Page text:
The routine was brutal. He got up at 4:30 a.m. and started weeding at five. Two hours later they passed around the bread for breakfast. On his hands and knees, loaned out to a neighbour’s farm, he thrust his gloved hands into mud and yanked out potatoes. The woman next to him grabbed what she thought was the stem of a potato plant and pulled up a rat instead. After lunch, they packaged the vegetables harvested that morning for market, slaving until nine at night. Then James Bejar fell into the men’s quarters, a mouldy, dank place, and slept. He was not an indentured servant; Bejar was on holiday.
“It was just back-breaking work,” says the 31-year-old Toronto public servant, whose vacation à la Dickens dates back to a two-week stint WWOOFing—volunteering on an organic farm in exchange for room and board—in Nagano, Japan. His story might suggest his was a one-time experiment; yet Bejar has returned again and again to what he sees as a cheap method of travel offering a glimpse of “part of a society and of a people you don’t get by travelling from hotel to hotel.”
WWOOFing organizations—the acronym stands for World Wide Opportunities on Organic Farms—now exist in over 100 countries, connecting volunteers with farmers. In exchange for weeding, feeding and shovelling manure—normally for no more than six hours a day (Bejar’s Nagano jaunt was an anomaly)—the volunteers receive food and accommodation, usually living as part of the family.
Begun in England in 1971, WWOOFing isn’t new. But growing interest in local food and organics, along with a recession that’s preventing many new graduates from entering the workforce, is helping turn it into a growth industry. Five years ago, WWOOF Canada boasted 1,000 volunteers and 500 participating farms; there are now well over 2,000 WWOOFers signed up and close to 900 hosts, though the organization does no advertising. “With this so-called economic downturn, we haven’t experienced anything—our numbers are up,” says WWOOF Canada founder John Vanden Heuvel. “We’re easily doing 10 per cent growth every year. But I don’t want to be equated with a business. We are a program providing interesting experiences.”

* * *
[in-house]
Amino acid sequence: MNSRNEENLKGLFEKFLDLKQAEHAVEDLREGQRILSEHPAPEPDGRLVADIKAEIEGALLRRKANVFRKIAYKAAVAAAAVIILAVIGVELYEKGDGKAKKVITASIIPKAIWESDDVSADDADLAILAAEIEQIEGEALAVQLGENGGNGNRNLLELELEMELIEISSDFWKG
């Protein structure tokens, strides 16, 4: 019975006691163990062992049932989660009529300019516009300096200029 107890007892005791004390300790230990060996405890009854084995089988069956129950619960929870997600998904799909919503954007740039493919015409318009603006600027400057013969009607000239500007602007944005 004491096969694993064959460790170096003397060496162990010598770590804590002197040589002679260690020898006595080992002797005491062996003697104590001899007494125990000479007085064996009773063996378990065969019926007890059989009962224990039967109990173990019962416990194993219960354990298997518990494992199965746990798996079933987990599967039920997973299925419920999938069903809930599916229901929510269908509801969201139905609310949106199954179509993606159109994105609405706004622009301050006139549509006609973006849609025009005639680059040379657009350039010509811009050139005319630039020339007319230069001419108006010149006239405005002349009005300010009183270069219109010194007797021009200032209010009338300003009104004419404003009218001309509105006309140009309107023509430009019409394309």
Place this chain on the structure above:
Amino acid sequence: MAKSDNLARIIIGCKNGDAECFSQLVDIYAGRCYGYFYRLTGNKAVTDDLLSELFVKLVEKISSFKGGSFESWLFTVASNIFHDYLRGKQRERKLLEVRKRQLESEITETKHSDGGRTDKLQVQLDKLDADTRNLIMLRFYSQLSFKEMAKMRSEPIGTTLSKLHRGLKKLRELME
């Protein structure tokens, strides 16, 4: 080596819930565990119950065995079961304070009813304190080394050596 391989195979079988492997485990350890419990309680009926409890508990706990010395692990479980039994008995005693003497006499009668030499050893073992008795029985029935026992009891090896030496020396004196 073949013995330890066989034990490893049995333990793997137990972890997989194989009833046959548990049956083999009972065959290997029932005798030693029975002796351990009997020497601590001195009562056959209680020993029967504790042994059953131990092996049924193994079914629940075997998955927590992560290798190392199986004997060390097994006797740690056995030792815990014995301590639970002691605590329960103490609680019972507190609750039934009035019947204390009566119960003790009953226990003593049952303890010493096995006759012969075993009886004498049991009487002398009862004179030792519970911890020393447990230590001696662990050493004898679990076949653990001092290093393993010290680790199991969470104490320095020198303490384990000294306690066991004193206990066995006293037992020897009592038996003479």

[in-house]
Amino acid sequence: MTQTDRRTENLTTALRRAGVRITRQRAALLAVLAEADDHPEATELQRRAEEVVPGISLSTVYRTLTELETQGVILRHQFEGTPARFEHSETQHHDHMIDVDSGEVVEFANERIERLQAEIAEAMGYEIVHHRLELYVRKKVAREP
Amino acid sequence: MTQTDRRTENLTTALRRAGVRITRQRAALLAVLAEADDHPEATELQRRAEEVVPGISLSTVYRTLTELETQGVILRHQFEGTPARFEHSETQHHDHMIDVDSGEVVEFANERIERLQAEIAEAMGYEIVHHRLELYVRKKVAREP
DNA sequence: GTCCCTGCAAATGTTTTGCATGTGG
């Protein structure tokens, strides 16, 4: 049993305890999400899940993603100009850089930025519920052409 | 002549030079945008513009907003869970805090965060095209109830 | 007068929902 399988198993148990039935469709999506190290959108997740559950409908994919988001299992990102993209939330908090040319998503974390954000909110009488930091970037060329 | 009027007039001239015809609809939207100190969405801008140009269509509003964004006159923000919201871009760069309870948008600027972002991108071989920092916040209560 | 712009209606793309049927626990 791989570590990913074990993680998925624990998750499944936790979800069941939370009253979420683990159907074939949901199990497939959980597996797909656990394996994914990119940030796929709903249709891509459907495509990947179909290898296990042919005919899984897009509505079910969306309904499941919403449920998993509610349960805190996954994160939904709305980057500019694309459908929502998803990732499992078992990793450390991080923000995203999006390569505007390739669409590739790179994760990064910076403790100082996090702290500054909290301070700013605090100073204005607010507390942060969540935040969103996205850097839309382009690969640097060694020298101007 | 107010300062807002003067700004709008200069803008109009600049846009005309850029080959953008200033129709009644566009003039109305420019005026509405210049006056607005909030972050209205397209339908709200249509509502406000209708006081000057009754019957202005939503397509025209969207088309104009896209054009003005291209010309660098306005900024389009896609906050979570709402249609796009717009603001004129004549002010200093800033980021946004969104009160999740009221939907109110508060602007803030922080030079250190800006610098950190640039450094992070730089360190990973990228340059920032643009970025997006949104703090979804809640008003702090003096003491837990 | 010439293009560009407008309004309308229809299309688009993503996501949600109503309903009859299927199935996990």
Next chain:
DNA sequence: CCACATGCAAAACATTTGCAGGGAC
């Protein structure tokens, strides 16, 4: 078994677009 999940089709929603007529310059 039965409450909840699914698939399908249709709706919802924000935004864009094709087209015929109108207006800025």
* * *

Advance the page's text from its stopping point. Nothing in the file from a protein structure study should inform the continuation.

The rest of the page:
Indeed, WWOOFing may soon replace the old roughing-it standbys of hostelling and kibbutzing. “Why would anyone want to do the backpacking and hostelling experience when they could do WWOOFing—there is the work, but in exchange you get so much more,” says 25-year-old Mark Wade, who graduated from McMaster University with a poli-sci degree last spring and set out for B.C. His resources thinning, Wade reached out to a farmer in Duncan: “Farmer John was his name,” Wade recalls. “He says, ‘Yes, come tomorrow and we will feed you.’ ” WWOOFing introduced the Toronto boy to a world of new vegetables—Swiss chard and garlic scapes (his enthusiasm has persuaded his mum to shop at the farmers’ market)—and to square dancing in Cape Breton. “I’d never done that before,” he says.
There are now perhaps as many as 20,000 WWOOFers around the world, Vanden Heuvel says, most in their 20s. WWOOF love affairs are not uncommon (65 per cent of WWOOFers in Canada are women). The majority have never even gardened before. “I’d never chopped wood—I almost took off my leg the first time I did it,” says Alan Wong, a 38-year-old Montreal Ph.D. student. “Some people think, ‘Oh, it’s just a way of getting cheap labour,’ ” says Tony McQuail, who receives WWOOFers on his farm north of London, Ont. “It’s not really, because you have to invest a fair bit of time and training and instruction.” Many WWOOFers seek adventure, others a gardening primer (Anne Duchesne, a 44-year-old Quebec City IT consultant, planted a garden at home after she and her husband learned the ropes on a farm in the mountains of Tuscany). The farmers, meanwhile, unable to leave their fields for travel, see the world come to them.
Not all billets—or WWOOFers—are equal. “You’ve got two strangers meeting at the front door and then all of a sudden you’re living together,” says Vanden Heuvel. The occasional WWOOFer is lazy; some farmers are too demanding or mean with lunches and dinners. But the best pitfall of all is the familiarity that breeds contempt. “We never had any bad WWOOFers,” says 23-year-old Nora Kidston, who grew up with WWOOFers on her parents’ farm in the Annapolis Valley. “They kind of become part of the family. And as all family members do, they get annoying.”